aborted days after they went to the hospital, it was clear from my talk
with my cousin that he was not well-composed after the incident. He
told me that he could not understand his feelings and he felt that he had
taken a wrong move that he is going to feel very guilty about for quite
sometime. To top it all, he discovered a few months after the incident
that his girlfriend is dating with another man.

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Presenting scenario 3
Need for evidence

Surgery residents-in-training have always been complaining about the


administration of pain relievers to patients with suspected acute
appendicitis who are referred to them by Internal Medicine or Family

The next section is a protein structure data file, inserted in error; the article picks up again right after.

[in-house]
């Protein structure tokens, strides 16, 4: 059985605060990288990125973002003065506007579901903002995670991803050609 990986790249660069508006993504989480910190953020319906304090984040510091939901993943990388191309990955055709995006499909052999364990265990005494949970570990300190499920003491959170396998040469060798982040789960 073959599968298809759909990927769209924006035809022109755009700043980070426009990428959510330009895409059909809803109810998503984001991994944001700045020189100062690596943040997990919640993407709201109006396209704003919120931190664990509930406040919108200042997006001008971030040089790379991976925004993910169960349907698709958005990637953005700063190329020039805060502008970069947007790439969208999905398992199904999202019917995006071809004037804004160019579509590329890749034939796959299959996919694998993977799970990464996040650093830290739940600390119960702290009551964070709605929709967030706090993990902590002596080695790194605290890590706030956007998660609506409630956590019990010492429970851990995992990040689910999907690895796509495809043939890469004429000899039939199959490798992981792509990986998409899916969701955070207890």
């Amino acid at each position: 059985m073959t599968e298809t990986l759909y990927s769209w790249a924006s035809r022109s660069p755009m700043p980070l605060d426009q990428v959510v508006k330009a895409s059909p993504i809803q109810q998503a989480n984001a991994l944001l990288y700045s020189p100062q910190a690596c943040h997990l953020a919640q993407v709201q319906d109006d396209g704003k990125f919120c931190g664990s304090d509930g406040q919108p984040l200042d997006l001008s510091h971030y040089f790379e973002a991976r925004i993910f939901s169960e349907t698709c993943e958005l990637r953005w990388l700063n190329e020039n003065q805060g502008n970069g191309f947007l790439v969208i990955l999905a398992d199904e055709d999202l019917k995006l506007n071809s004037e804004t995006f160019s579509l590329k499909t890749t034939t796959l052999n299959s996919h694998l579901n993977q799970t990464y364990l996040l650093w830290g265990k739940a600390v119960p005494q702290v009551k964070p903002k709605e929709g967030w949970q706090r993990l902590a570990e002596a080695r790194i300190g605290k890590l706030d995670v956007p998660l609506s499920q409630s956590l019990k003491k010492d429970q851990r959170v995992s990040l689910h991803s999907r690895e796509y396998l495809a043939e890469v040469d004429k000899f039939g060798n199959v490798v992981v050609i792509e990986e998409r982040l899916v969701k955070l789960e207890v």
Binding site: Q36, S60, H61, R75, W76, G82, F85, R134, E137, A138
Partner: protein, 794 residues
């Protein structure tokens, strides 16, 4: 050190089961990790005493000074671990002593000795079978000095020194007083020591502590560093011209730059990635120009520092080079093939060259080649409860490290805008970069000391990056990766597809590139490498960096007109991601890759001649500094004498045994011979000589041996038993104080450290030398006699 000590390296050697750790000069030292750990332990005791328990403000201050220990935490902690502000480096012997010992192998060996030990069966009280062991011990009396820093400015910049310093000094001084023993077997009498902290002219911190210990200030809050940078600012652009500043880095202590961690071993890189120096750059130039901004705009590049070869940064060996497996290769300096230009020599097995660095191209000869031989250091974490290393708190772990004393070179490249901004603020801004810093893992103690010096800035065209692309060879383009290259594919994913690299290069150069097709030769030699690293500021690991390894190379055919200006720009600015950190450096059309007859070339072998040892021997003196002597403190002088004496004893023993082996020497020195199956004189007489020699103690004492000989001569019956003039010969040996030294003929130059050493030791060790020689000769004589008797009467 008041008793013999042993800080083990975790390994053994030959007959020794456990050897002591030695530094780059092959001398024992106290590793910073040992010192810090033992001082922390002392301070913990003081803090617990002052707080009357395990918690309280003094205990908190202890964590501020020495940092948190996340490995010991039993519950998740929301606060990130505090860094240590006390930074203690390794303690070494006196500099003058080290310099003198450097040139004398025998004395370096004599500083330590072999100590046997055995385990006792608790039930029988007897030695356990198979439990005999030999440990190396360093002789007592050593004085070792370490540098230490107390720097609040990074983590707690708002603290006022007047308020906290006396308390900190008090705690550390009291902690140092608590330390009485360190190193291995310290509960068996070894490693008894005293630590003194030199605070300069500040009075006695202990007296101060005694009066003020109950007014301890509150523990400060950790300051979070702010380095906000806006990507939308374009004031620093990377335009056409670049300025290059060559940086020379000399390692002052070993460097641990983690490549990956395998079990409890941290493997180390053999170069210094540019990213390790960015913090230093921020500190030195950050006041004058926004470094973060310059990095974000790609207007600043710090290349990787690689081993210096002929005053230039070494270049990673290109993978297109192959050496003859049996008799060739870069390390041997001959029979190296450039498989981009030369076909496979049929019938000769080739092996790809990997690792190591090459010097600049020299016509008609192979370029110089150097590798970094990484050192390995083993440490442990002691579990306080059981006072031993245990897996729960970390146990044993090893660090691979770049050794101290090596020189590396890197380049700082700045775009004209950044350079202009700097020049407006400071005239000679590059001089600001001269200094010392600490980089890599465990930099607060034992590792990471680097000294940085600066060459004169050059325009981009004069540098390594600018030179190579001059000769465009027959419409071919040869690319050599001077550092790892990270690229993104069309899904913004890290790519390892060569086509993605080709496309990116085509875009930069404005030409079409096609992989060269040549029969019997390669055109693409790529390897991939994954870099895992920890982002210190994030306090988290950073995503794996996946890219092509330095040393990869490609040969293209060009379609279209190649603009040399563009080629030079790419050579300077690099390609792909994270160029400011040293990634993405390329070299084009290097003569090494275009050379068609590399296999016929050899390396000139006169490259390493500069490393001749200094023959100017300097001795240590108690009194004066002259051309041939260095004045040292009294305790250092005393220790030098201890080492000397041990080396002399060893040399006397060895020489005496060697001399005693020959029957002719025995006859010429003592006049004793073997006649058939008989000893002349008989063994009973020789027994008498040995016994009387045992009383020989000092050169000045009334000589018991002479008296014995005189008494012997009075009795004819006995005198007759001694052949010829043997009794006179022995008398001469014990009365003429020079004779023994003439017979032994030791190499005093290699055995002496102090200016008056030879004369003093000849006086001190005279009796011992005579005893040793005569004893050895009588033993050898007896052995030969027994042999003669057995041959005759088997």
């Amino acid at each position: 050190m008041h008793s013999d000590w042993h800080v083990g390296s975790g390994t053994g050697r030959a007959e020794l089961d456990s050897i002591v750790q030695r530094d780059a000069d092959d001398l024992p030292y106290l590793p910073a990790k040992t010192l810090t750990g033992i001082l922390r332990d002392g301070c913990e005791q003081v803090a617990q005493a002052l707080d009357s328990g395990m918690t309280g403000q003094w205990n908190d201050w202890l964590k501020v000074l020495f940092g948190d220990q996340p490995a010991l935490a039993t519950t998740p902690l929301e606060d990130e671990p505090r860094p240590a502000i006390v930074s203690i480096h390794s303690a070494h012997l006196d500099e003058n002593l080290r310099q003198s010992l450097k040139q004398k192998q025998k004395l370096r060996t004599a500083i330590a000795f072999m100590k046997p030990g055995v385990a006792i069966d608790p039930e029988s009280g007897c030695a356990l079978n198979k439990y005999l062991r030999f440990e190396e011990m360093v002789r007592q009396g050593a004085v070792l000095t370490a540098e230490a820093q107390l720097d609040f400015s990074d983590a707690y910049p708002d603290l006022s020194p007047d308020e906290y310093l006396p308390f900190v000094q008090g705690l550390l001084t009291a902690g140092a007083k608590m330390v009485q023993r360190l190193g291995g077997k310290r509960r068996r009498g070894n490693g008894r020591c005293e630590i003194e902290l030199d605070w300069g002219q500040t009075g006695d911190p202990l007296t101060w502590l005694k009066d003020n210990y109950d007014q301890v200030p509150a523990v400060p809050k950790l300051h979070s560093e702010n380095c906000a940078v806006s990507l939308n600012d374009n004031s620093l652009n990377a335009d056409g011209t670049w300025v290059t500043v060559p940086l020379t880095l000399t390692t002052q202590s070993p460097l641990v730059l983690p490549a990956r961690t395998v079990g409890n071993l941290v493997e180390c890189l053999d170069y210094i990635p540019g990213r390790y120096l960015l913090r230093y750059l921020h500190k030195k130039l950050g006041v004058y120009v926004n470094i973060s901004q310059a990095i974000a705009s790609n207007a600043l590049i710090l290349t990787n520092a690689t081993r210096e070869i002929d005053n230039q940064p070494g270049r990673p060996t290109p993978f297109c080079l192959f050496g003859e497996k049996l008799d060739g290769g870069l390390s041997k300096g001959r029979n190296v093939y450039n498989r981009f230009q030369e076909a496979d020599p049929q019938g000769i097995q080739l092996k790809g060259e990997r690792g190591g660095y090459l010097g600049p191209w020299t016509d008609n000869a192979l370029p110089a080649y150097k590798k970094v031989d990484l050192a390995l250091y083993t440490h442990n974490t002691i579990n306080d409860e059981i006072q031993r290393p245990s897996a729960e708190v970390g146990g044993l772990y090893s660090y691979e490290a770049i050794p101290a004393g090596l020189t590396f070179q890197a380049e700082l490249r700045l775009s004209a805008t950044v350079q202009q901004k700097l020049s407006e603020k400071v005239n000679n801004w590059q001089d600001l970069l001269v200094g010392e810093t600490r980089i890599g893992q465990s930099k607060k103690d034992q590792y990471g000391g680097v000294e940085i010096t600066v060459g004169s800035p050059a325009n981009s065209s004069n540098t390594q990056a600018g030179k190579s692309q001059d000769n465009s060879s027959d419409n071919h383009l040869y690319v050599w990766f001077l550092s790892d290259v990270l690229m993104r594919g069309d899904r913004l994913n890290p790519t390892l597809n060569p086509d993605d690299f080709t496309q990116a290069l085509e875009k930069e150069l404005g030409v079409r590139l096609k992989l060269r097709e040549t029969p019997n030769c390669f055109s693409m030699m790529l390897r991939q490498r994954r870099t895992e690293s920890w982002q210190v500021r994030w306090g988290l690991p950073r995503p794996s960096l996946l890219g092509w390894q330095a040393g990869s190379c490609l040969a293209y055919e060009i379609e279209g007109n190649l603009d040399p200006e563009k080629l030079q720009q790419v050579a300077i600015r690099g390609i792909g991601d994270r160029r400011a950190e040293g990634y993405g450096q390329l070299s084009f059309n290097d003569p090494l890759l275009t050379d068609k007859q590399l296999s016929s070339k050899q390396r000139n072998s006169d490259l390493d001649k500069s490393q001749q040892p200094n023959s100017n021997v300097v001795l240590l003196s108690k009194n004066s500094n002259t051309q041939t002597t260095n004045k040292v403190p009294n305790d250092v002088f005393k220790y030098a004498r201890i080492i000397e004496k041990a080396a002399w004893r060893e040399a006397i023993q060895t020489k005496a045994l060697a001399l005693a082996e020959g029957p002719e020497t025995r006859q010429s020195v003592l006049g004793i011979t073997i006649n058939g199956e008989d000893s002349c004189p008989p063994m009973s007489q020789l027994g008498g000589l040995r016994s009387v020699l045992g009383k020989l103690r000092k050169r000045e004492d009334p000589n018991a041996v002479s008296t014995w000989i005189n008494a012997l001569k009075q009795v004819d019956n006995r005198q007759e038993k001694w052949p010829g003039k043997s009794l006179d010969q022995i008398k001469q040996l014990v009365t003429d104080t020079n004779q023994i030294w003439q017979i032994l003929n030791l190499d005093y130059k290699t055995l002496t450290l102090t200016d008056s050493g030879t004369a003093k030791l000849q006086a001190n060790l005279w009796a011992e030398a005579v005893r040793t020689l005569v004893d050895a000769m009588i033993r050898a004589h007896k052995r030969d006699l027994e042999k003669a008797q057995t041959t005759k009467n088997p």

Medicine residents-in-training. Surgeons argued that taking away the
initial abdominal pain would prevent the patients from locating the pain
during the series of physical examinations for monitoring. This would,
in turn, obscure or delay subsequent diagnosis of acute appendicitis and
contribute to the patient’s morbidity. Internists and family physicians
stressed that such is not the case, and were determined to find evidence
that diagnostic accuracy does not change despite administration of pain
relievers.

The foregoing scenarios all present as opportunities for learning. In the first presenting
scenario, all the professors needed to learn a psychomotor skill, that of executing small
group learning methodologies for college students. Even if one of them had two years’
experience in the methodology, she will still have to refine her skills, considering that
college students have quite different learning styles compared to graduate students. In the
second presenting scenario, my cousin’s emotionally-laden experience presents as an